THE UN special envoy for the Syria crisis, Staffan de Mistura,
has begun a round of consultations in Geneva in the hope of finding
enough common ground to launch another peace initiative. But groups
involved in the war in Syria say they will not co-operate with the
UN mission, amid signs of an intensification of fighting in several
parts of the country.
The northern city of Aleppo, which remained mostly quiet during
the opening months of the uprising against the Bashar al-Assad
regime, has, for several months, found itself caught up in some of
the most violent battles between government and rebel forces.
In a report just published, Death Everywhere, Amnesty
International says that, in 2014 and the first three months of this
year, "government forces and many non-state armed groups committed
serious human rights abuses and violations of international
humanitarian law in Aleppo city and its closest suburbs," some of
which "appear to constitute war crimes. In some cases, the actions
of the Syrian government may have amounted to crimes against
In February, the Syrian President Bashar al-Assad denied that
forces loyal to his government had used barrel bombs in Aleppo or
elsewhere. But Amnesty says: "Barrel bombs and other air attacks
have killed, injured, and displaced tens of thousands of civilians
in Aleppo and across Syria."
The organisation has documented and received reports on hundreds
of incidents in Aleppo, from January 2014 to March this year,
involving air strikes on "civilian objects and populated areas,
including at least three schools, 17 hospitals, 12 transportation
hubs, 14 public markets, and 23 mosques". Residents as well as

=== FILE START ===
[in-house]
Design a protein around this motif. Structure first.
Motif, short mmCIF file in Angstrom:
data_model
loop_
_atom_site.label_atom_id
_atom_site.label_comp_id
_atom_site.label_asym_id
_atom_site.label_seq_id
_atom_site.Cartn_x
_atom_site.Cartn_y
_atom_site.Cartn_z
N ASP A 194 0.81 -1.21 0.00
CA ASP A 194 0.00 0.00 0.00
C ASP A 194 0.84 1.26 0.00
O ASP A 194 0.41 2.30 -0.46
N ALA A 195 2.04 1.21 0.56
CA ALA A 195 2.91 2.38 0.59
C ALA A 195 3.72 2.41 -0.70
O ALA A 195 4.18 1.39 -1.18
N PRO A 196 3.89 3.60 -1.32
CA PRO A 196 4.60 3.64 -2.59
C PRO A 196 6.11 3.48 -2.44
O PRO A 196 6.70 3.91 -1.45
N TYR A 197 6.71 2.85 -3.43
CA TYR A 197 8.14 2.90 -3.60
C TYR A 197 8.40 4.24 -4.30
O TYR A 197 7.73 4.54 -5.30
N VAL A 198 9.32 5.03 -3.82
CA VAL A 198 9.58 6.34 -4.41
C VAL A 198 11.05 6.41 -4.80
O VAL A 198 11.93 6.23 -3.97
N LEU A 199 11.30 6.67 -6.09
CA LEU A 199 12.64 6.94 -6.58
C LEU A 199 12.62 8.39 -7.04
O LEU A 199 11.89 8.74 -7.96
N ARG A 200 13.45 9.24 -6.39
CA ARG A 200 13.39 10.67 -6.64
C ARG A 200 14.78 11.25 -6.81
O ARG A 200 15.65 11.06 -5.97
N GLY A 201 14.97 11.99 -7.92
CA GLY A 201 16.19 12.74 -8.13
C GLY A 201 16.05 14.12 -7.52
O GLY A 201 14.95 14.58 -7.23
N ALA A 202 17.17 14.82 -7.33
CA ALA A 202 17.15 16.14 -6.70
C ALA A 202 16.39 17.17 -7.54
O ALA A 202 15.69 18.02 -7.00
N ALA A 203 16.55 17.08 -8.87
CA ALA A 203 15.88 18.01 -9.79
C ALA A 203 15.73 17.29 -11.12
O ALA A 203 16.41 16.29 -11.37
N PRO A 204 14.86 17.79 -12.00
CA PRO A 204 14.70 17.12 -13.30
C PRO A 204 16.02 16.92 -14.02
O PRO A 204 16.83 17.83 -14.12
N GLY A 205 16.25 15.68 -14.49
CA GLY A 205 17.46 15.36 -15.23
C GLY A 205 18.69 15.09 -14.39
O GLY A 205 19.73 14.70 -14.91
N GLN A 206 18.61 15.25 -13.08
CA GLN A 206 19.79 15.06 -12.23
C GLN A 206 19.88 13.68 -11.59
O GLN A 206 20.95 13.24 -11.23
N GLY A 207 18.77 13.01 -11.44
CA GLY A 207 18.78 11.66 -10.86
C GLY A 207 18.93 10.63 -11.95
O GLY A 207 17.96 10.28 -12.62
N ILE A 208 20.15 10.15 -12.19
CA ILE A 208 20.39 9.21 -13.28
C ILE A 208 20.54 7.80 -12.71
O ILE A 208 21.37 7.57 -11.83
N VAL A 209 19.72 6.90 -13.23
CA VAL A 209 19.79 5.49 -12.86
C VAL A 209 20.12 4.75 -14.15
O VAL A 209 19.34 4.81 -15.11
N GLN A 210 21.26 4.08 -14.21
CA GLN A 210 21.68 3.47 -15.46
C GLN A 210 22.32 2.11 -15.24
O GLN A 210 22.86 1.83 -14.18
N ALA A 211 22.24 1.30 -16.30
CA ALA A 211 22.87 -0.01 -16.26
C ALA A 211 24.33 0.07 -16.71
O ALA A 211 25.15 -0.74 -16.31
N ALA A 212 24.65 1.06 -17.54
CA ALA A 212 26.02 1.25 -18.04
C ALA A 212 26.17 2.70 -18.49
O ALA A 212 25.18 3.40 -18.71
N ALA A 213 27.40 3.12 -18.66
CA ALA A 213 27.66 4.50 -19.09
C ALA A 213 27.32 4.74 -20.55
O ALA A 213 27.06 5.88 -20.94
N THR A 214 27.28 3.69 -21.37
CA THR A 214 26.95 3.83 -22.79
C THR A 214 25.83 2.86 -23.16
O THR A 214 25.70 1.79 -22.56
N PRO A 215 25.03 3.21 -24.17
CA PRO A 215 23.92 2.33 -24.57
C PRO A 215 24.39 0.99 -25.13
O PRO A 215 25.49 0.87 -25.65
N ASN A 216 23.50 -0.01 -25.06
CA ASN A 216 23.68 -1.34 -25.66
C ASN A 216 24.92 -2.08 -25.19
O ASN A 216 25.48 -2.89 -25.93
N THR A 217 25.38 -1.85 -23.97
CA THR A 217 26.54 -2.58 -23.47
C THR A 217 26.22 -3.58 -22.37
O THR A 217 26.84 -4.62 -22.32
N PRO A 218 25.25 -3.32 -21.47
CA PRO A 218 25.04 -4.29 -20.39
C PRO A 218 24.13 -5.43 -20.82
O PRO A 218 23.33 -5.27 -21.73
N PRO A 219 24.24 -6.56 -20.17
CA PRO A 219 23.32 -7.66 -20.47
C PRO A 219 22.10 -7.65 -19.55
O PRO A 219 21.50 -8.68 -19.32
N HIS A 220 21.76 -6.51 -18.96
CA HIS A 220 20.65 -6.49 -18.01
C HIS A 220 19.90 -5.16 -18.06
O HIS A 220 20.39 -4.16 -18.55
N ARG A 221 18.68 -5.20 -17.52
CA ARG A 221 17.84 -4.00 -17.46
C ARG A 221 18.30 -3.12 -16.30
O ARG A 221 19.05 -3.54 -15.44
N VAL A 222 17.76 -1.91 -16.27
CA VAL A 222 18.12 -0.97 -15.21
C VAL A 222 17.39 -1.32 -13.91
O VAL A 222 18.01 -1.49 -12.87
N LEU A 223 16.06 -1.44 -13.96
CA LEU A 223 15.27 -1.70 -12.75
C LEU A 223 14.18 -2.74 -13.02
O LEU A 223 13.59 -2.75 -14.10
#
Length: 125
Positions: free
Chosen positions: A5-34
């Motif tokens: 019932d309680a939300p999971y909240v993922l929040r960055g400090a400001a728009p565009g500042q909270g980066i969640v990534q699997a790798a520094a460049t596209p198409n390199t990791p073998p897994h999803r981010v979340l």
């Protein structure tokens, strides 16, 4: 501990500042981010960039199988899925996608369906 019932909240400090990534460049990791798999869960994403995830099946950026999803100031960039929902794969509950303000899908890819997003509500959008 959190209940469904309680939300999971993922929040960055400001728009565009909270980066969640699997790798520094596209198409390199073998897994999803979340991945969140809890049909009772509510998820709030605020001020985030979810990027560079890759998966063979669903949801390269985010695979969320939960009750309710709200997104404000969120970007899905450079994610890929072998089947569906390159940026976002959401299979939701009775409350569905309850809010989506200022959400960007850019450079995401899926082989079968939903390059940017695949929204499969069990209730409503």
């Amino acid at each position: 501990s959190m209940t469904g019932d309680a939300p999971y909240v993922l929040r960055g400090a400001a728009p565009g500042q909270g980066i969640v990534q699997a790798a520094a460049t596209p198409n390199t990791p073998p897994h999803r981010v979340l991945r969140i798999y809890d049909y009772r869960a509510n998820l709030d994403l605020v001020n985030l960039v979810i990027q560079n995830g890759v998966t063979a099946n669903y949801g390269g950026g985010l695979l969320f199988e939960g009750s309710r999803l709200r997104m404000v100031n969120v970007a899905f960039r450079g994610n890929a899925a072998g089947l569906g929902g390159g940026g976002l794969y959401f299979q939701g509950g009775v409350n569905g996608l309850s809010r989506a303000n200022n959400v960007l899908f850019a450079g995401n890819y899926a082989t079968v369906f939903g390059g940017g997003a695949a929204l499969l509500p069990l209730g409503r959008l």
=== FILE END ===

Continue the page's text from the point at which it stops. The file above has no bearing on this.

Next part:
monitoring groups told Amnesty International that barrel bombs were
used in the majority of these attacks.
"The massive destruction and casualties caused, as well as the
clearly identifiable remnants of barrel bombs, have been captured
in thousands of videos and photos from monitoring groups, media
sources, and witnesses."
The air strikes have put hospitals at risk, forcing staff to
move their facilities underground. Amnesty quotes a doctor working
at a field hospital in the al-Sakhour neighbourhood of Aleppo as
saying: "There is no sun, no fresh air; we can't go upstairs, and
there are always airplanes and helicopters in the sky. Some
hospitals are above the ground, but they face huge risks." Many
schools in opposition-held areas of Aleppo city have also moved
into basements or underground bunkers to avoid being bombed.
As a backdrop to these grave violations, the Amnesty report
says, citizens of Aleppo city "live in appalling conditions.
Residents in both opposition-held and government-held areas lack
basic services such as water and electricity, and suffer shortages
in food, medicine, and gas to heat their homes."
Humanitarian workers told Amnesty International that they were
generally able to reach government-controlled areas of the city.
Yet those providing assistance to opposition-controlled districts
spoke of "significant challenges to providing aid, not least of
which is the government forces' continual targeting of the road
that serves as the primary access route for humanitarian assistance
to the city".
Amnesty International calls on "all parties to the Syrian
conflict to end deliberate attacks on civilians and civilian
objects such as hospitals and schools; to end the indiscriminate
use of explosive weapons such as barrel bombs and mortars in
populated areas; to end arbitrary arrests, enforced disappearances,
abduction and torture, and other ill treatment; and to allow
unimpeded humanitarian access to the UN and its implementing
partners in Aleppo and in Syria as a whole".
Ultimately, the report says, the success of initiatives to
secure a freeze in hostilities to allow humanitarian access "should
be measured by the commitment of all warring parties to halt the
human-rights abuses, war crimes, and crimes against humanity that
are being committed in Aleppo and across Syria".